‘Ants From Up There’ swaggers with a fake innocence and begs you to call it a classic.

4.0

Credit: Ninja Tune

Black Country, New Road’s second LP is unbearably safe, asking you to pity it into a cult classic status it will never deserve.

It is now well documented the impact that the internet can have on music. Whether it be the positives of thrusting a never-heard artist into stardom thanks to TikTok, or the negatives of creating cults of personality around Korean boybands, the full breadth of what’s possible with the mixing of the caesium and water of culture is a significant part of our times. 

One of its most torrid traits is its ability to partition artists off from scrutiny. Acts are rushed into fame and drowned in praise by the music press, throwing in wild sentiments that their music will be a ‘before and after’ moment for a scene, as though one can judge that without seeing how they’re regarded 20 years from now. 

Somewhere down that line, it was posited that Black Country, New Road were worthy of that praise. Their 2021 debut LP For The First Time was like the foretold return of a messiah for certain cliques of the online music discussion community. As interesting as it was at times, its incessant try-hard nature and awkward, forced lyricism – that line about being scared of roadmen on ‘Sunglasses’ doesn’t sit well with me – meant that I found it difficult to enjoy.

“Not only did the singles leading up to its release all have an irritating sense of self-righteousness to them, the whole record reeks of the stuff.”

What to follow up with then when whole sects of the alternative music community are turning to you to deliver the second coming? Ants From Up There offers a facade of cleverness right from the get-go with its quirky opening track, but ultimately, is an unbearably safe record. Nothing ever feels at stake during its 59 minute run time, nor is there a moment of tension or passion that really grabs me.

But don’t let that stop the band from imploring you that everything they do is a risk. Every song feels written in a way that pre-determines its own legacy, as though each is its own personal toil to achieve indie immaculateness. Those caddish riffs across the whole of ‘Haldern’ scream “No, we weren’t joking when we talked about being the next Arcade Fire”. ‘Chaos Space Marine’s instrumentation desperately wants to be revolutionary, but ultimately comes off like a Billy Joel tribute act. Meanwhile, the guitars on ‘Snow Globes’ being in the same key as ‘Bodies’ by Car Seat Headrest does not feel like a coincidence.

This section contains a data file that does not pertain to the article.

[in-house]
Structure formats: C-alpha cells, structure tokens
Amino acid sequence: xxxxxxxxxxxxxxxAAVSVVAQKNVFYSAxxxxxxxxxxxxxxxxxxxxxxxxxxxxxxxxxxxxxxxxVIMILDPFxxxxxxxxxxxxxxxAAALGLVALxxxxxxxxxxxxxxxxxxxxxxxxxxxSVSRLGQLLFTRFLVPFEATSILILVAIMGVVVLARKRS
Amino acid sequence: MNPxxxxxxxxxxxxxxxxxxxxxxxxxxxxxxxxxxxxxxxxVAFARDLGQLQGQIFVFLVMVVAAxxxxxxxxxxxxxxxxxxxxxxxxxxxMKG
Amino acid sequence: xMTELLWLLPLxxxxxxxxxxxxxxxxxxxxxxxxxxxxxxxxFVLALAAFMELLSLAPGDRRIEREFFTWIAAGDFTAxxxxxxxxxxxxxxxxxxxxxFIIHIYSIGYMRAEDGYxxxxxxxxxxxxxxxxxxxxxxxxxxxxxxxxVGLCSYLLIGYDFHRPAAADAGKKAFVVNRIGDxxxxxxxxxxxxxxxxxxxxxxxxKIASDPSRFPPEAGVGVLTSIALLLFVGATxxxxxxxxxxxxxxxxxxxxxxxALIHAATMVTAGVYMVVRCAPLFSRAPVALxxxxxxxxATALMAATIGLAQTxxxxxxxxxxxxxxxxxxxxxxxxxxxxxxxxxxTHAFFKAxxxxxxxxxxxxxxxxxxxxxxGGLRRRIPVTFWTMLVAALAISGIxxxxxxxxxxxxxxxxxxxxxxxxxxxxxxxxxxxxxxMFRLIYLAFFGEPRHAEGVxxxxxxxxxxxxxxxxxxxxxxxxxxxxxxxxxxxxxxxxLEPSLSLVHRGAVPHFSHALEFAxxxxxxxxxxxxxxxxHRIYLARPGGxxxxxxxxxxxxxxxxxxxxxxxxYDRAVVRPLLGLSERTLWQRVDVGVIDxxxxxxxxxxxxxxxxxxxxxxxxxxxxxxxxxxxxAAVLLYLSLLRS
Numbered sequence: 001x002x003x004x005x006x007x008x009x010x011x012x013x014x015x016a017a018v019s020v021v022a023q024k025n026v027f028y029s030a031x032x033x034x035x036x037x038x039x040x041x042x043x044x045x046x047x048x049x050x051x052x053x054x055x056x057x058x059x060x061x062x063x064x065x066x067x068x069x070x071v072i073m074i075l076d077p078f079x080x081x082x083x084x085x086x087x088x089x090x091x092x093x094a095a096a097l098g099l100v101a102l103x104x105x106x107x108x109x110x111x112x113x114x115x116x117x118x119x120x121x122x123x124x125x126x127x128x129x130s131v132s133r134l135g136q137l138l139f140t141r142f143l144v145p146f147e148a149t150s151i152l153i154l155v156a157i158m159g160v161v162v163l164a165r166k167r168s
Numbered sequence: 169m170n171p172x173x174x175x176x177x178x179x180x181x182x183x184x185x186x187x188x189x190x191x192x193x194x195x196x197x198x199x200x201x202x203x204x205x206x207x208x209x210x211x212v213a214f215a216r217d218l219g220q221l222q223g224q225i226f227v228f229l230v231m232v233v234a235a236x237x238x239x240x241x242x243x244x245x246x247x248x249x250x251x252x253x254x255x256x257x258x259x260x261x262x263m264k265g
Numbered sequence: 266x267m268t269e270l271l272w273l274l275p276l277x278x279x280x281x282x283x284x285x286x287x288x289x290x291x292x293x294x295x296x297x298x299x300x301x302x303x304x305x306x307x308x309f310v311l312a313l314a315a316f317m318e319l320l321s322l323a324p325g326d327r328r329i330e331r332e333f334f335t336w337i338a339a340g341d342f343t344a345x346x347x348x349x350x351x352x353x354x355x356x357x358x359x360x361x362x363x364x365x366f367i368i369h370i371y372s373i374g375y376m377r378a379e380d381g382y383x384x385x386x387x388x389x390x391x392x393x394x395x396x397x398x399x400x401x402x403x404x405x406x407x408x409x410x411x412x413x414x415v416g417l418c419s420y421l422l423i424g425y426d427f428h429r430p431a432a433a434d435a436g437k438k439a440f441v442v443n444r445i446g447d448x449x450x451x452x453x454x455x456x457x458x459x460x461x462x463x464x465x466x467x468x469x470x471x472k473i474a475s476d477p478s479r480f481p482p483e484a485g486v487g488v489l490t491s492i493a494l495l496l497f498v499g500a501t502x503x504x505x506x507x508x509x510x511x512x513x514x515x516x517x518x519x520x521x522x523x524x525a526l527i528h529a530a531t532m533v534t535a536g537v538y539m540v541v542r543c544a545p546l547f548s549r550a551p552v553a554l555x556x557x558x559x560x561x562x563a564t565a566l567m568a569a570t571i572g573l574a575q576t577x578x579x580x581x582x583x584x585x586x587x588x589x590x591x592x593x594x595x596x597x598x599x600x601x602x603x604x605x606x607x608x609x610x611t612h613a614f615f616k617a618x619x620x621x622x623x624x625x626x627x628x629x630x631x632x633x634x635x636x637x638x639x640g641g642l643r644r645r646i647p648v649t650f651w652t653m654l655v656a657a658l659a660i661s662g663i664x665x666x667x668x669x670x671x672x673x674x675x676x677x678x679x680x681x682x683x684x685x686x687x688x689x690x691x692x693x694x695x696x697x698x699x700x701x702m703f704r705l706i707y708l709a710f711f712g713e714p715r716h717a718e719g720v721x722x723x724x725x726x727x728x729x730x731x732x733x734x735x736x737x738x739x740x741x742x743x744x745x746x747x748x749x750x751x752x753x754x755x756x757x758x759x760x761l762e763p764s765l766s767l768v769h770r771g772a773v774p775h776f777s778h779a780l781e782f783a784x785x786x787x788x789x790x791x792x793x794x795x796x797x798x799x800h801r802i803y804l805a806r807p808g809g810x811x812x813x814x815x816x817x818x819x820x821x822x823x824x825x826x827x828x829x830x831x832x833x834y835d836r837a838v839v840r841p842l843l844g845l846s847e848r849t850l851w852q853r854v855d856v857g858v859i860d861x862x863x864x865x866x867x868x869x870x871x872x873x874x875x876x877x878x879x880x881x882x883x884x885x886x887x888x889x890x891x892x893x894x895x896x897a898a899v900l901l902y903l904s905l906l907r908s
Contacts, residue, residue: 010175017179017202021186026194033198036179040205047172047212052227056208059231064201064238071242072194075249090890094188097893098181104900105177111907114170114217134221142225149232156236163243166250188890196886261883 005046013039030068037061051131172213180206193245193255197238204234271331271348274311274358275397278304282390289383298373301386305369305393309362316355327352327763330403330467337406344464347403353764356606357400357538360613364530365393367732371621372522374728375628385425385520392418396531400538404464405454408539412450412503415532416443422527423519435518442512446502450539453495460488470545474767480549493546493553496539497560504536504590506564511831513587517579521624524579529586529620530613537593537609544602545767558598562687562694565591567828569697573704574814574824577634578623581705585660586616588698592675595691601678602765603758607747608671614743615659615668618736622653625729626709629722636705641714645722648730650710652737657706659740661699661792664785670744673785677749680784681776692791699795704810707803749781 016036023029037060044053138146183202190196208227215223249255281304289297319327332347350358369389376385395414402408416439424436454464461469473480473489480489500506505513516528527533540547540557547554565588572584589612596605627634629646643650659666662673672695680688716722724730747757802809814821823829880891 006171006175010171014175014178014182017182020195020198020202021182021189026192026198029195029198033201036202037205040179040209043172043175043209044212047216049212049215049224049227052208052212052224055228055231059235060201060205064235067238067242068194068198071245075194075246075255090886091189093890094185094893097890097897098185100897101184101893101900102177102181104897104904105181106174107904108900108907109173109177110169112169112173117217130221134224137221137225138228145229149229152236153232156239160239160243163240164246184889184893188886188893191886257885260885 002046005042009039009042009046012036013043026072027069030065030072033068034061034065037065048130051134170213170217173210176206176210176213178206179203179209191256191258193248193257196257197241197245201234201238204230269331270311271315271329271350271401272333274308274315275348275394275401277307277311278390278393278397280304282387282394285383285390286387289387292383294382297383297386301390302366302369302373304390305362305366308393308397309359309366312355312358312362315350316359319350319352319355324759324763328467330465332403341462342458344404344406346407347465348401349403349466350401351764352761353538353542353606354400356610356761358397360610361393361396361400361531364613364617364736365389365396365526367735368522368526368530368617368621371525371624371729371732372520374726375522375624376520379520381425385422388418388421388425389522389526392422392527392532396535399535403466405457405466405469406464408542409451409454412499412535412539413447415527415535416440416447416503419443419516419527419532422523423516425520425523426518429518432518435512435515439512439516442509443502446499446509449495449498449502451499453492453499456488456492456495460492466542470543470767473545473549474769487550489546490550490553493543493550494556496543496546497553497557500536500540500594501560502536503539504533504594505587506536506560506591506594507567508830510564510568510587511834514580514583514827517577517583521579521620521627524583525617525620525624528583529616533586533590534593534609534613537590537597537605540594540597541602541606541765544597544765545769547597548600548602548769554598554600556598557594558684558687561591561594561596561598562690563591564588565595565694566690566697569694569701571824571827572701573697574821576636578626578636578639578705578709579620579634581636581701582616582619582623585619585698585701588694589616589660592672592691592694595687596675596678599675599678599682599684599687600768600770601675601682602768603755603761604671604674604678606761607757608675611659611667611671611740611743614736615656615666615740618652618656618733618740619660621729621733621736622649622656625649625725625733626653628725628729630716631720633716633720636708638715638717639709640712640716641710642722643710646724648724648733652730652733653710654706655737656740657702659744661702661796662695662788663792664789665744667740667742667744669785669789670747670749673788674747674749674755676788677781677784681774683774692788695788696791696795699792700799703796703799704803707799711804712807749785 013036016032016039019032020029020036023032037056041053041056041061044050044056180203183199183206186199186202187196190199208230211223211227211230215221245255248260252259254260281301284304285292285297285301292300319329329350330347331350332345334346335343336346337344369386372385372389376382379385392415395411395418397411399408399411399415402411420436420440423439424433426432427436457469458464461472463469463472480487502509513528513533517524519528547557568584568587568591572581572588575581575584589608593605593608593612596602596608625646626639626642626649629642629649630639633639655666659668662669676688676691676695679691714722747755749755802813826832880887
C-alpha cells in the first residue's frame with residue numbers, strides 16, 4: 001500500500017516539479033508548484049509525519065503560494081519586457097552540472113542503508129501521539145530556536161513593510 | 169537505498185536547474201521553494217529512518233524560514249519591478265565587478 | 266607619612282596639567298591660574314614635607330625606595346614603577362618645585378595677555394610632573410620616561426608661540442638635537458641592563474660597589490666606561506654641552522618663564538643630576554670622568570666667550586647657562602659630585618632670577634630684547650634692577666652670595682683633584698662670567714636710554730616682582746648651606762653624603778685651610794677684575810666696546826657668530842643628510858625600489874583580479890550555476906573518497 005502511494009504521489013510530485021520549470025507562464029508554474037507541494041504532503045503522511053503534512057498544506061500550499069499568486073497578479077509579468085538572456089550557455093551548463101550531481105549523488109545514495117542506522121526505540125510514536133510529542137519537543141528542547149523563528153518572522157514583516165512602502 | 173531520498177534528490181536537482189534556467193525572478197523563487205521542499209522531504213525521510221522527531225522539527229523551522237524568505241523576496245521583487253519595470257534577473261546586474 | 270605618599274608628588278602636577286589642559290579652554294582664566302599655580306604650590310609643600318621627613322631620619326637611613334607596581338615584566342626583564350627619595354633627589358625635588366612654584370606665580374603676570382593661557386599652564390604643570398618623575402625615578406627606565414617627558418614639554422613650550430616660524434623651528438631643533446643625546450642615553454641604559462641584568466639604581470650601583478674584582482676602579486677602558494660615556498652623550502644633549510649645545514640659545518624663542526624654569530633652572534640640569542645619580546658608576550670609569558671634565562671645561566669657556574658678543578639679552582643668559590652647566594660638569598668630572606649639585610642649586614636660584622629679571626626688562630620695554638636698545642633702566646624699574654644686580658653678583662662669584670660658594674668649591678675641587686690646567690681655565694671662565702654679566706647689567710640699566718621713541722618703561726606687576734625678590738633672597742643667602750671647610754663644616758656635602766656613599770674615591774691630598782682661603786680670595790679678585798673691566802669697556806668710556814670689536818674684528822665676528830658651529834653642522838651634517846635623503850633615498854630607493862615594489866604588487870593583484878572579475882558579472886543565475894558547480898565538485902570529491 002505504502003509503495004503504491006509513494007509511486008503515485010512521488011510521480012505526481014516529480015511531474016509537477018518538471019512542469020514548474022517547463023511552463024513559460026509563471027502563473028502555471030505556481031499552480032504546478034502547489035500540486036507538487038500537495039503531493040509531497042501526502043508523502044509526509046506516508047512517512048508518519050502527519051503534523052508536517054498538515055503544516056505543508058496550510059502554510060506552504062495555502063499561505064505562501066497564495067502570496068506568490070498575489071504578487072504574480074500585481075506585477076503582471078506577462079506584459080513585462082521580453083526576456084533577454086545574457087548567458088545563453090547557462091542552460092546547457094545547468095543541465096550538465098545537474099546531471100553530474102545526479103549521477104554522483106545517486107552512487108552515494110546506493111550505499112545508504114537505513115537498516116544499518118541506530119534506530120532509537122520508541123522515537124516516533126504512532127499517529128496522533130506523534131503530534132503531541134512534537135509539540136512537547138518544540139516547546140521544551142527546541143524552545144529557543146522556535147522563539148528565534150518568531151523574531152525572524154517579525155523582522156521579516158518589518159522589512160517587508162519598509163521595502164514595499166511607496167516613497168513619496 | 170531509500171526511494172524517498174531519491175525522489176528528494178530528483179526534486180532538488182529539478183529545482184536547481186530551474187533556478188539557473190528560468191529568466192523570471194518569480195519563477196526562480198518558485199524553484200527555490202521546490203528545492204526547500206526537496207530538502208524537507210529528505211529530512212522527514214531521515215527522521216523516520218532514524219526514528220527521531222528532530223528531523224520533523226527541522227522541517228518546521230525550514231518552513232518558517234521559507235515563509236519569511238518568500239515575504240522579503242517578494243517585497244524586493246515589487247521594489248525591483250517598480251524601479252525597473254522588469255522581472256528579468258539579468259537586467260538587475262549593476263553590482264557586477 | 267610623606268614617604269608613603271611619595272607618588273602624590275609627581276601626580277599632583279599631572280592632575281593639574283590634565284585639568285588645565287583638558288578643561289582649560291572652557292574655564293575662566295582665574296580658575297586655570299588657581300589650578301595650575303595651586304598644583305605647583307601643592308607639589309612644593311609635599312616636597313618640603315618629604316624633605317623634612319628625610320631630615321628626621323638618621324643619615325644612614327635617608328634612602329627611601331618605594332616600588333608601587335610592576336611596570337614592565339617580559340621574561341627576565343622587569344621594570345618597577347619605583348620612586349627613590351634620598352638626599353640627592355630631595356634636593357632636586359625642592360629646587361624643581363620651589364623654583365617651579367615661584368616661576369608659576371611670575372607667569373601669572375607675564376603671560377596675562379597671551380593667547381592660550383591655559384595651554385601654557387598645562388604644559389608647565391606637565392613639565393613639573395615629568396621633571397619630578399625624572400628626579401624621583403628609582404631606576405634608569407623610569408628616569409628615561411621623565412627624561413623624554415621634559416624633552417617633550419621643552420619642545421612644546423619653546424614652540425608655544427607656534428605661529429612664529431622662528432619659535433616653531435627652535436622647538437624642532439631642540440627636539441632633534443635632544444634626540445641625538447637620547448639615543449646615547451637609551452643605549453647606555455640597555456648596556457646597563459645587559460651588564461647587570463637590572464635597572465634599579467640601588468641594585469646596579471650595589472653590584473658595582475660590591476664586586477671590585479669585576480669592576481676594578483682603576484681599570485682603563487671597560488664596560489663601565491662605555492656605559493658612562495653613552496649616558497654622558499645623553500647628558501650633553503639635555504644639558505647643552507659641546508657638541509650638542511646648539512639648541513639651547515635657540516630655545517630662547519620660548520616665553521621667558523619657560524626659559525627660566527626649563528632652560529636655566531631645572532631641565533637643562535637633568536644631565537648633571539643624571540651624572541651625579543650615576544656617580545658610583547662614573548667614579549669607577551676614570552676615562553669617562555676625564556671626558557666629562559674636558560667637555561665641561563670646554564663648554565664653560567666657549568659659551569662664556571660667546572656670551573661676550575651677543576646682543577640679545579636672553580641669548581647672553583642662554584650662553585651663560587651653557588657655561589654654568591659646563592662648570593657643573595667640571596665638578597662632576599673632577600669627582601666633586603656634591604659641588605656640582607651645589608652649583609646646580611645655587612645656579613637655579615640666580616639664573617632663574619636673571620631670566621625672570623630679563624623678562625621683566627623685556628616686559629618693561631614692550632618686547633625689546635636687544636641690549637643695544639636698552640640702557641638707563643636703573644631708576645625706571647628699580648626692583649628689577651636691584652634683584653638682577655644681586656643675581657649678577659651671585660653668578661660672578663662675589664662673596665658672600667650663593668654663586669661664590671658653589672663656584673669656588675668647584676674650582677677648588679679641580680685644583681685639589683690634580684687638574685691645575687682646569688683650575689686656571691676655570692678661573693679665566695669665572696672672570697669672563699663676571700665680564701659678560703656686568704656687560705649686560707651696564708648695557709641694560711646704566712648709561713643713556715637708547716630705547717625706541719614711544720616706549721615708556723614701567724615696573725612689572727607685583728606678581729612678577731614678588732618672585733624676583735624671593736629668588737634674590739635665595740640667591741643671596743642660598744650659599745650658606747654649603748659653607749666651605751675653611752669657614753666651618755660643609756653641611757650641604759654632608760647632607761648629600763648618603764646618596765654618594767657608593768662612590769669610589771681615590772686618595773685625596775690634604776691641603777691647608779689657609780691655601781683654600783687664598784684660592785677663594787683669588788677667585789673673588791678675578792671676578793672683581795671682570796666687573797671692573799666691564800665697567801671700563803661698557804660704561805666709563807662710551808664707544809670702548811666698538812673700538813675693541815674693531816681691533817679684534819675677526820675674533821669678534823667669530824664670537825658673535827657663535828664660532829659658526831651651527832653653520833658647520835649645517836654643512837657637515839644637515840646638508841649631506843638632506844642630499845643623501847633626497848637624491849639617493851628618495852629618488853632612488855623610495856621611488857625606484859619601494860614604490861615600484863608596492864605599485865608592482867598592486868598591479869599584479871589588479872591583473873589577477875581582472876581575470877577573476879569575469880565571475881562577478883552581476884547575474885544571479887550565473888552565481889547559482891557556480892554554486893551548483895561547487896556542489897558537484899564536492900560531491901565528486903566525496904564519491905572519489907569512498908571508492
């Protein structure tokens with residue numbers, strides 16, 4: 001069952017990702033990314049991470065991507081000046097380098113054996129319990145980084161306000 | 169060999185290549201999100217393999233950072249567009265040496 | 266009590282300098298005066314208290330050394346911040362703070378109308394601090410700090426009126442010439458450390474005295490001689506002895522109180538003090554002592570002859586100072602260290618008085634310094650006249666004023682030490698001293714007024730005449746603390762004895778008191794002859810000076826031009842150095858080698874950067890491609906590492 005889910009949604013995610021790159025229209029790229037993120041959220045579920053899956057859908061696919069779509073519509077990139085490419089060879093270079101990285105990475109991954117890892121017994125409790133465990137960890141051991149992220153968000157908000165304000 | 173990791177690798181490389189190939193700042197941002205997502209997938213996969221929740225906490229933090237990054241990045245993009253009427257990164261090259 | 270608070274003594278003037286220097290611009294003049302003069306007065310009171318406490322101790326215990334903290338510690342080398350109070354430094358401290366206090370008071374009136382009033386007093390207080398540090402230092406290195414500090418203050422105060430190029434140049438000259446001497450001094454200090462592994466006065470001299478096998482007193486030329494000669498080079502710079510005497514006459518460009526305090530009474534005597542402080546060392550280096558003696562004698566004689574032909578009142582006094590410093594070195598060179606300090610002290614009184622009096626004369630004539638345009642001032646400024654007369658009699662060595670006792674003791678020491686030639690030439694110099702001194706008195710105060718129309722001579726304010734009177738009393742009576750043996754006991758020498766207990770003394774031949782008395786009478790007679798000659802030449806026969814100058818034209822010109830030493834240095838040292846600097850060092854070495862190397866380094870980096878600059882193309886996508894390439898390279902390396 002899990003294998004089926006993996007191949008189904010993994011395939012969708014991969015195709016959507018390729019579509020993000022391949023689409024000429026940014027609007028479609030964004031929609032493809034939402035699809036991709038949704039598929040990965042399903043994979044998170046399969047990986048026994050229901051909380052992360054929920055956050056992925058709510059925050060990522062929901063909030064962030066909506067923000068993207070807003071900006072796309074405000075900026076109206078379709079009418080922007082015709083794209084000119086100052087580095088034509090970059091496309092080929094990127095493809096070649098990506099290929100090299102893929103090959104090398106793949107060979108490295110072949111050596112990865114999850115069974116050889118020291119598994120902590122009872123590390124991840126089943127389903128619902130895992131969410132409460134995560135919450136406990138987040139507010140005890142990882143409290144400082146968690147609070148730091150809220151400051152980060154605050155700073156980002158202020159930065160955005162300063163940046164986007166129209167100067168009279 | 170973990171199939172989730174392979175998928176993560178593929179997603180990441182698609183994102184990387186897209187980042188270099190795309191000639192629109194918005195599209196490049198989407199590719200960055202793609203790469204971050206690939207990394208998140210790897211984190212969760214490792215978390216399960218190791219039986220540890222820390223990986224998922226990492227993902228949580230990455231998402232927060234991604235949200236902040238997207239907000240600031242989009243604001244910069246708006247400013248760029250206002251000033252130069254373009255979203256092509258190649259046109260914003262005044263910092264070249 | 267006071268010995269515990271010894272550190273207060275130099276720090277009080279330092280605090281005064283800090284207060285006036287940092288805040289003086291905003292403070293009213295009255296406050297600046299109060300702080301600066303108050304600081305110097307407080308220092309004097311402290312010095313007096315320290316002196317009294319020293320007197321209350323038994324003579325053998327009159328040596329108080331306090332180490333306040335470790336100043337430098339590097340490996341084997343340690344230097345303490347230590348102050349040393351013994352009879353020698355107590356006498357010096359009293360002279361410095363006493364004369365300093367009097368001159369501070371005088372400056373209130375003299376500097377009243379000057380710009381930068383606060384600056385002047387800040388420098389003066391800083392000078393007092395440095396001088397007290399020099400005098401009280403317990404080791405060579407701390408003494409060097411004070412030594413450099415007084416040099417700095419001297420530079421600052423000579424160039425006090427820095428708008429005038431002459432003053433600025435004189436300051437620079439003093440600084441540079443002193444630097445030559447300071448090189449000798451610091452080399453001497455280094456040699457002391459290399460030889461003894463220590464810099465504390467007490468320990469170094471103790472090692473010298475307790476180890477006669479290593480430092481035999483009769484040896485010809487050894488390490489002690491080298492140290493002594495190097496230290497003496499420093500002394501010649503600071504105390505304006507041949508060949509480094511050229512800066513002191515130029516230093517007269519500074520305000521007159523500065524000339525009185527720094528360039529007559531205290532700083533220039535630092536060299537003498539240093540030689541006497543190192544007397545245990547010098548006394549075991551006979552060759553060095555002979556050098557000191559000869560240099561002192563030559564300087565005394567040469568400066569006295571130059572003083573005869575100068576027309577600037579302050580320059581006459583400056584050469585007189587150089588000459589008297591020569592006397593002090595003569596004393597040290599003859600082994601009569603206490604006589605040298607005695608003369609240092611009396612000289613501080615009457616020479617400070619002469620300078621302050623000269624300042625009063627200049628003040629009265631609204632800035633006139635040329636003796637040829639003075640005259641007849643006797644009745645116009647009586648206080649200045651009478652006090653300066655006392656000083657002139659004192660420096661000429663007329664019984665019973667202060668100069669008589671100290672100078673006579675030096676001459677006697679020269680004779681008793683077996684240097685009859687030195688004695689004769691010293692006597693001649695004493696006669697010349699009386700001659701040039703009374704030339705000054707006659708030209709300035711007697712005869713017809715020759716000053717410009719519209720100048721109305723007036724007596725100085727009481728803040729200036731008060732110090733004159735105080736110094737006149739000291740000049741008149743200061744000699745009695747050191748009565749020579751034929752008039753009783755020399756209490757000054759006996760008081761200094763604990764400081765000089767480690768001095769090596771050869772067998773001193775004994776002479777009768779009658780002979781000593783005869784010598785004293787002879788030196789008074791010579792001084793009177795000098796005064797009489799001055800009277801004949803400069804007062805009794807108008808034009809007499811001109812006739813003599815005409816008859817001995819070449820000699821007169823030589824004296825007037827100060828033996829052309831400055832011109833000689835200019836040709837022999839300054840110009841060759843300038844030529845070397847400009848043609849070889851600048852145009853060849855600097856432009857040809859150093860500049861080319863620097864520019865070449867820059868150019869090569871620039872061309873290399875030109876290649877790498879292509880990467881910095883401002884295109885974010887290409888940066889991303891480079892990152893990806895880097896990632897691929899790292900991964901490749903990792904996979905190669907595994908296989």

But the risk is nowhere to be found. Not only did the singles leading up to its release all have an irritating sense of self-righteousness to them, the whole record reeks of the stuff. Wood speaks to his audience with contrived takes and unfun pop culture references (as though the mere mention of “Billie Eilish” might convince you that they really are cool and relevant!). His thoughts on modern isolation may well very much be the mood of the moment, don’t get me wrong. But when it’s dressed up with the pitying whimsy of their songwriting, it comes across with a manipulative, faked innocence.

“Like a doctor shooting a litre of adrenaline into a cadaver, it shoves its orchestra of rustic instruments in your face to force any sense of life out of the safe, unengaging songwriting.”

All of which makes the heaping of praise Ants From Up There has received just as predictable as the music. Black Country, New Road want you to believe that there is even an inch of this record that is organic, sporadic or inspired, but this is industry-mandated perfection. Like a doctor shooting a litre of adrenaline into a cadaver, it shoves its orchestra of rustic instruments in your face to force any sense of life out of the safe, unengaging songwriting. It’s an album that wants to be considered ‘indie’ just so it can be compared to the classics of the genre, as though it deserves a seat at the table for having worked so hard at those shows at The Windmill.

One therefore has to ask: is this the best we can herald as a “future cult classic”? If the record’s peaks are “head and shoulders above many of their contemporaries”, then we are declaring that all we want from indie and alternative is arrogant self-importance. As quirky, affable and relatable as they want to come across, the reality of Black Country, New Road’s music is that it lectures at you. Ants is protected not only by the praise it would inevitably get on release, but also by the fake innocence it swaggers about with. When offered the chance to dazzle, it waves a white flag and asks you to pity it, as though it has ever had it hard.

I have no doubt that the love people have poured out for this album since its release is genuine. But the entire experience of listening to it feels just as isolated as the ongoing argument on the record’s RateYourMusic comment box. The world where this is regarded as a titanic moment for modern music is not the world where my favourite records exist. But then again, perhaps I’m just in a different bubble of the internet.

Score: 4.0/10

Munro Page

Munro Page is a music blogger and former student radio host based in Cardiff, UK. Likes: thrift stores, cooking, parrots Dislikes: chain restaurants, the M25, Simply Red

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